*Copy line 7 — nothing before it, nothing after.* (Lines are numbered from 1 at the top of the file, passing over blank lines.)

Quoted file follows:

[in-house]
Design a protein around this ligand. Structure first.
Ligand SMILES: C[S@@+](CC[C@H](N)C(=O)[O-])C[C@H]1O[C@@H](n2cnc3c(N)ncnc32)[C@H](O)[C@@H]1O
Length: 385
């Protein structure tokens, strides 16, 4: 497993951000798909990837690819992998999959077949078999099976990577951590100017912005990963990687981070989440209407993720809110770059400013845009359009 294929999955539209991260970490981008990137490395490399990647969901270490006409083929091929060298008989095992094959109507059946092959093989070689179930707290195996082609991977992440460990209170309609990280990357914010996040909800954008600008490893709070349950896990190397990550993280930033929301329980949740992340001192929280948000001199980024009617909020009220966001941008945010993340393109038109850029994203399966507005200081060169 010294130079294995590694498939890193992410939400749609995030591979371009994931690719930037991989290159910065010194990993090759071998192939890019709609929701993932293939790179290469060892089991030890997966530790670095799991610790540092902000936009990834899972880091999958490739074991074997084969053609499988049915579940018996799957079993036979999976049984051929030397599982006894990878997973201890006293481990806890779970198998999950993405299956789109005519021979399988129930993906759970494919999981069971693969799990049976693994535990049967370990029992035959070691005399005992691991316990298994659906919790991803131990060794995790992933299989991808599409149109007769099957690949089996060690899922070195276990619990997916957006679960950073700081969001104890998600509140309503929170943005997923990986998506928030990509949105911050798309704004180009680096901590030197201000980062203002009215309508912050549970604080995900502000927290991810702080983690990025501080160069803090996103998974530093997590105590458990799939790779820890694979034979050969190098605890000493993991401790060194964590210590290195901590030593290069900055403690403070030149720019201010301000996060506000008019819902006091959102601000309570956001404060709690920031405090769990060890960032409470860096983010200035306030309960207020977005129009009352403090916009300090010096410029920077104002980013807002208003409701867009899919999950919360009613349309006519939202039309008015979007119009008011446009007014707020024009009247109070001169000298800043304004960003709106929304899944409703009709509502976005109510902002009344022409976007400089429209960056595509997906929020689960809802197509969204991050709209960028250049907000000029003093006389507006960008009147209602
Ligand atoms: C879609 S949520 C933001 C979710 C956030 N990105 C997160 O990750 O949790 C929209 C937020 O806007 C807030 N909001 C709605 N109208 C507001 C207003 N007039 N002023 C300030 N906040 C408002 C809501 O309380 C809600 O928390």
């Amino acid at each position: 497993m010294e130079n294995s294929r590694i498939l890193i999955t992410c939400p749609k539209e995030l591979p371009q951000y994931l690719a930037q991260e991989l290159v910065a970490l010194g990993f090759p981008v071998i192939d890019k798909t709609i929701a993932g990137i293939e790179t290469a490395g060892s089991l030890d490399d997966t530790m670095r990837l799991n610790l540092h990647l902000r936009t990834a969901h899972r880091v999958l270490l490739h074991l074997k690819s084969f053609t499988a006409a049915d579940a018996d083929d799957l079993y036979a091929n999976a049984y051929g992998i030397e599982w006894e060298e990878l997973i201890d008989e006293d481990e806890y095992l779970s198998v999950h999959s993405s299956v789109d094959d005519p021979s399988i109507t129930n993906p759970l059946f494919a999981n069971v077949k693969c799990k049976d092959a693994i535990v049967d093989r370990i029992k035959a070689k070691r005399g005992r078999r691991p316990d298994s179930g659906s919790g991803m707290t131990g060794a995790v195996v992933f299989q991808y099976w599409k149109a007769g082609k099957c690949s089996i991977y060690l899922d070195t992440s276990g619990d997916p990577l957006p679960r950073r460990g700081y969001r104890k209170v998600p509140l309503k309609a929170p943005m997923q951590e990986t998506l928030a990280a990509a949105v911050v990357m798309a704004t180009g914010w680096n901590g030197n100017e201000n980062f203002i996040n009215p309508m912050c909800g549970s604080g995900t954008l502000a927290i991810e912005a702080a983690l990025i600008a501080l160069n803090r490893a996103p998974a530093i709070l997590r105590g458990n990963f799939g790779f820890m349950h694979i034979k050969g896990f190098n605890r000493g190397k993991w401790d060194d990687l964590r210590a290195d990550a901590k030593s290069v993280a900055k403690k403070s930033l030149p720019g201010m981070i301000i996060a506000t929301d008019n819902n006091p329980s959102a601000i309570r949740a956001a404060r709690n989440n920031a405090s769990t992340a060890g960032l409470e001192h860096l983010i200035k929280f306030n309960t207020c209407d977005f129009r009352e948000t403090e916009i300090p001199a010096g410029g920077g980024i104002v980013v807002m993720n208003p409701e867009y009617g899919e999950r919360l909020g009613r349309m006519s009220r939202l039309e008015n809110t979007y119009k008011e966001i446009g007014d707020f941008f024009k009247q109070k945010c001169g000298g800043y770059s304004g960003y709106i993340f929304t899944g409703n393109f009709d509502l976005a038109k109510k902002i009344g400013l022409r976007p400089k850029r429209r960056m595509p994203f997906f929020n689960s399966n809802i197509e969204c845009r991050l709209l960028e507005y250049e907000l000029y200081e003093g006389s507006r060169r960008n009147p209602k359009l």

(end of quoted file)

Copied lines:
């Amino acid at each position: 497993m010294e130079n294995s294929r590694i498939l890193i999955t992410c939400p749609k539209e995030l591979p371009q951000y994931l690719a930037q991260e991989l290159v910065a970490l010194g990993f090759p981008v071998i192939d890019k798909t709609i929701a993932g990137i293939e790179t290469a490395g060892s089991l030890d490399d997966t530790m670095r990837l799991n610790l540092h990647l902000r936009t990834a969901h899972r880091v999958l270490l490739h074991l074997k690819s084969f053609t499988a006409a049915d579940a018996d083929d799957l079993y036979a091929n999976a049984y051929g992998i030397e599982w006894e060298e990878l997973i201890d008989e006293d481990e806890y095992l779970s198998v999950h999959s993405s299956v789109d094959d005519p021979s399988i109507t129930n993906p759970l059946f494919a999981n069971v077949k693969c799990k049976d092959a693994i535990v049967d093989r370990i029992k035959a070689k070691r005399g005992r078999r691991p316990d298994s179930g659906s919790g991803m707290t131990g060794a995790v195996v992933f299989q991808y099976w599409k149109a007769g082609k099957c690949s089996i991977y060690l899922d070195t992440s276990g619990d997916p990577l957006p679960r950073r460990g700081y969001r104890k209170v998600p509140l309503k309609a929170p943005m997923q951590e990986t998506l928030a990280a990509a949105v911050v990357m798309a704004t180009g914010w680096n901590g030197n100017e201000n980062f203002i996040n009215p309508m912050c909800g549970s604080g995900t954008l502000a927290i991810e912005a702080a983690l990025i600008a501080l160069n803090r490893a996103p998974a530093i709070l997590r105590g458990n990963f799939g790779f820890m349950h694979i034979k050969g896990f190098n605890r000493g190397k993991w401790d060194d990687l964590r210590a290195d990550a901590k030593s290069v993280a900055k403690k403070s930033l030149p720019g201010m981070i301000i996060a506000t929301d008019n819902n006091p329980s959102a601000i309570r949740a956001a404060r709690n989440n920031a405090s769990t992340a060890g960032l409470e001192h860096l983010i200035k929280f306030n309960t207020c209407d977005f129009r009352e948000t403090e916009i300090p001199a010096g410029g920077g980024i104002v980013v807002m993720n208003p409701e867009y009617g899919e999950r919360l909020g009613r349309m006519s009220r939202l039309e008015n809110t979007y119009k008011e966001i446009g007014d707020f941008f024009k009247q109070k945010c001169g000298g800043y770059s304004g960003y709106i993340f929304t899944g409703n393109f009709d509502l976005a038109k109510k902002i009344g400013l022409r976007p400089k850029r429209r960056m595509p994203f997906f929020n689960s399966n809802i197509e969204c845009r991050l709209l960028e507005y250049e907000l000029y200081e003093g006389s507006r060169r960008n009147p209602k359009l």